4) I'm not an opponent of coalitions or coalition politics. I had hoped for a hung parliament because (i) I didn't believe Labour had earned the right to govern on its own, after 13 years of ups and downs in office, and (ii) I naively assumed that such a scenario might bring about a progressive realignment on the centre left and hasten electoral reform. I was wrong. And I'm angry that a coalition of Labour tribalists and Lib Dem power-seekers betrayed the progressive, anti-Tory majority in this country. But let me be clear: unlike Melanie Phillips, I have no problem with coalitions and think coalition government, in theory, can actually have a positive impact on the nation and on the economy. I just think this coalition is a coalition of convenience, unprincipled and unstable. But I hope, for the sake of the country, that I'm wrong and the optimists and apologists are right.

Mehdi Hasan is a contributing writer for the New Statesman and the co-author of Ed: The Milibands and the Making of a Labour Leader. He was the New Statesman's senior editor (politics) from 2009-12.

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Who really controls the Labour Party now?

Jeremy Corbyn's allies will struggle to achieve their ambition to remove general secretary Iain McNicol.

Jeremy Corbyn's advance at the general election confirmed his place as Labour leader. Past opponents recognise not only that Corbyn could not be defeated but that he should not be.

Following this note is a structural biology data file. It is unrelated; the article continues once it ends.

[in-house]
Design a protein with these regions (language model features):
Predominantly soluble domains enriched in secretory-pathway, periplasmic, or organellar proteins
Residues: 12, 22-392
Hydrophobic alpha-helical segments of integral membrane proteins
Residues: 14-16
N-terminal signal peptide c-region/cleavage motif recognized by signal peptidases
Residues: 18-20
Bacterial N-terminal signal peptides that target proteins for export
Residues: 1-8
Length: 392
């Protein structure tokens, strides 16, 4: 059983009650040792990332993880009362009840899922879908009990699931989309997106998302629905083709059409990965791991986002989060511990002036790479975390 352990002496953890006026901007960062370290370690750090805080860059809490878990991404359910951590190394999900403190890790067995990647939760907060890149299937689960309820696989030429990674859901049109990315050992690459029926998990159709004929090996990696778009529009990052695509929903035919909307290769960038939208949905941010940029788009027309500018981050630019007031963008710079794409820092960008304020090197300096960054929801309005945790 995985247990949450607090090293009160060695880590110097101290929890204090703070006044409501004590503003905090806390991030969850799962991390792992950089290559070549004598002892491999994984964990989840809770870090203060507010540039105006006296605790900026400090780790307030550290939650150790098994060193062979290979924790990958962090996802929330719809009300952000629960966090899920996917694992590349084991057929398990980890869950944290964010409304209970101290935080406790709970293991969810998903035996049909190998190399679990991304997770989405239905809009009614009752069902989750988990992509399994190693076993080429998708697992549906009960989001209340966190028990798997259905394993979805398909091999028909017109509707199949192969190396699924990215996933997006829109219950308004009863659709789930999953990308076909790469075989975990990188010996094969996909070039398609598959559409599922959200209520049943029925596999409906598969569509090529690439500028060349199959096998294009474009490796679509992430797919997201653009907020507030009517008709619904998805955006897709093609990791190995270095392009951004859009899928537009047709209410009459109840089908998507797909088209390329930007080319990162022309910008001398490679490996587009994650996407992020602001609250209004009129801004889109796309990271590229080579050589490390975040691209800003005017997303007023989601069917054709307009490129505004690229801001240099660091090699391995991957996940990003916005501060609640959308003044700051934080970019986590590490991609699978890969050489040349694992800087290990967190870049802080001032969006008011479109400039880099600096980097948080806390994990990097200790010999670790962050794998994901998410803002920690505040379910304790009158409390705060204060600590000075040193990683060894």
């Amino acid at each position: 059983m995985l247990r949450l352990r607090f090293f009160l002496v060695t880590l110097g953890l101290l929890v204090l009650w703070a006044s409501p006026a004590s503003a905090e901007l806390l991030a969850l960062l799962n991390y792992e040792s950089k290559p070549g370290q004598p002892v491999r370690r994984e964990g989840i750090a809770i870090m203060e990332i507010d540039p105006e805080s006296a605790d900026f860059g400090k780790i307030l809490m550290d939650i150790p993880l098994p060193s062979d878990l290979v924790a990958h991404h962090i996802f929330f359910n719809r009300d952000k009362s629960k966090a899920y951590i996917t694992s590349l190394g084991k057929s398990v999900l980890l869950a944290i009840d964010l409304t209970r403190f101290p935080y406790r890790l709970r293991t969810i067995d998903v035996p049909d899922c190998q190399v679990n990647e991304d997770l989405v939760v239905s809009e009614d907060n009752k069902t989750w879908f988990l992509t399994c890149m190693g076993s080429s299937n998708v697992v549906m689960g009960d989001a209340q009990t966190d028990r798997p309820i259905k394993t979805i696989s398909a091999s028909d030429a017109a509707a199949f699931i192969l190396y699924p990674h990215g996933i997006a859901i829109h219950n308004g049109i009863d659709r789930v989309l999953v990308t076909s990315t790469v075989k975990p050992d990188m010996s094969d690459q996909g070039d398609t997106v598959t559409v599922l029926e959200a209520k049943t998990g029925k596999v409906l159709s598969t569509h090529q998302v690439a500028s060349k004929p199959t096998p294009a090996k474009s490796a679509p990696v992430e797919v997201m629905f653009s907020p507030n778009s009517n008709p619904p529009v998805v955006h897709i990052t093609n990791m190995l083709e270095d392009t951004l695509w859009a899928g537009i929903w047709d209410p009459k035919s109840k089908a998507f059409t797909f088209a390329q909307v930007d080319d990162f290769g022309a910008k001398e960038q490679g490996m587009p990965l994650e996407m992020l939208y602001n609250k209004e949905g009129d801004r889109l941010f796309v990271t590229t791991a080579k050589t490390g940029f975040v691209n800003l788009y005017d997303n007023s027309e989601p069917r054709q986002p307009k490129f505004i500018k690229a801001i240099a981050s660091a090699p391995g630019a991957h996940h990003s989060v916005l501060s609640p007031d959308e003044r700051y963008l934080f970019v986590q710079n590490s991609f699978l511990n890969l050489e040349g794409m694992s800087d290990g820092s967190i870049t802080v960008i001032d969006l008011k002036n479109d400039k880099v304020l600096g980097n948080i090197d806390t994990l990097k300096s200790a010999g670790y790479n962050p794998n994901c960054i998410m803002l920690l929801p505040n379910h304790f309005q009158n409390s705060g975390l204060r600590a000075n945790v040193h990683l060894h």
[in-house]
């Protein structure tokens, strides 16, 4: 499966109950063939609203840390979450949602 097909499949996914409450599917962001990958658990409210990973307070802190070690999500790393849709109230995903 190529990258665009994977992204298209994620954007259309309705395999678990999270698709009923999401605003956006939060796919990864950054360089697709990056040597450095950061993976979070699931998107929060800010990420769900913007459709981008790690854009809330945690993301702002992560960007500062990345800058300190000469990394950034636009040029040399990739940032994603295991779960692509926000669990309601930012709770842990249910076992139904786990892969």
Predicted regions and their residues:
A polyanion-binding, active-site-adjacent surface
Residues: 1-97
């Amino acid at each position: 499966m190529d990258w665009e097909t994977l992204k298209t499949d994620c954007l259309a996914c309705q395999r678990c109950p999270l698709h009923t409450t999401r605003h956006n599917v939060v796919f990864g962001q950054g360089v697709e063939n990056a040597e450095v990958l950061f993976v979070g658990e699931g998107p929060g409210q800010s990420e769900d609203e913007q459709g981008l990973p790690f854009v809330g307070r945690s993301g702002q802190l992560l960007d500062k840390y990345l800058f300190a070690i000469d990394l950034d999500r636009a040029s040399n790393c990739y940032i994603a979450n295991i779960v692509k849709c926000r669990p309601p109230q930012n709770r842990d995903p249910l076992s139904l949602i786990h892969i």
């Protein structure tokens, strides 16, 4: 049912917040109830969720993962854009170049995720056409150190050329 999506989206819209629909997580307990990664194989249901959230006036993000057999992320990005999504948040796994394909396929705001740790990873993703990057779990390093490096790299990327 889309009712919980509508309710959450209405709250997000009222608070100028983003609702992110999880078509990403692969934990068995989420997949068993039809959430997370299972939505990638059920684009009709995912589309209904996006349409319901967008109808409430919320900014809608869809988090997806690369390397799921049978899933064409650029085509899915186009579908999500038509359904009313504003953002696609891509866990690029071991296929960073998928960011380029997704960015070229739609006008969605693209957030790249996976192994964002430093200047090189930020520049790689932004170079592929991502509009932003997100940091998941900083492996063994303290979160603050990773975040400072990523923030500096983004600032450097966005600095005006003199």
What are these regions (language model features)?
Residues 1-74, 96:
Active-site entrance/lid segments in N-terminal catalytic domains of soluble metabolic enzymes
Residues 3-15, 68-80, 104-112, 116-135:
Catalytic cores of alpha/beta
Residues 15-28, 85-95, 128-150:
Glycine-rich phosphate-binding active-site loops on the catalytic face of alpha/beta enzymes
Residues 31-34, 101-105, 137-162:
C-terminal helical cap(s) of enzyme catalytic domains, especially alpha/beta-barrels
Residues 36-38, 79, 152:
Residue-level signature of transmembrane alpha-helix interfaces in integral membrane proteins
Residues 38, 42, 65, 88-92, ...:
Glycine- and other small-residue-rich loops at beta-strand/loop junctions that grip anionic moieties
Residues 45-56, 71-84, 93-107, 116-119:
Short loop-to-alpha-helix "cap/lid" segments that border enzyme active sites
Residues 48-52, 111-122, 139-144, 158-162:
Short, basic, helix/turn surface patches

They set him the test of winning more seats – and he passed. From a position of strength, Corbyn was able to reward loyalists, rather than critics, in his shadow cabinet reshuffle. 

But what of his wider control over the party? Corbyn allies have restated their long-held ambition to remove Labour general secretary Iain McNicol, and to undermine Tom Watson by creating a new post of female deputy leader (Watson lost the honorific title of "party chair" in the reshuffle, which was awarded to Corbyn ally Ian Lavery).

The departure of McNicol, who was accused of seeking to keep Corbyn off the ballot during the 2016 leadership challenge, would pave the way for the removal of other senior staff at Labour HQ (which has long had an acrimonious relationship with the leader's office). 

These ambitions are likely to remain just that. But Labour figures emphasise that McNicol will remain general secretary as long he retains the support of the GMB union (of which he is a former political officer) and that no staff members can be removed without his approval.

On the party's ruling National Executive Committee, non-Corbynites retain a majority of two, which will grow to three when Unite loses a seat to Unison (now Labour's biggest affiliate). As before, this will continue to act as a barrier to potential rule changes.

The so-called "McDonnell amendment", which would reduce the threshold for Labour leadership nominations from 15 per cent of MPs to 5 per cent, is still due to be tabled at this year's party conference, but is not expected to pass. After the election result, however, Corbyn allies are confident that a left successor would be able to make the ballot under the existing rules. 

But Labour's gains (which surprised even those close to the leader) have reduced the urgency to identify an heir. The instability of Theresa May's government means that the party is on a permanent campaign footing (Corbyn himself expects another election this year). For now, Tory disunity will act as a force for Labour unity. 

George Eaton is political editor of the New Statesman.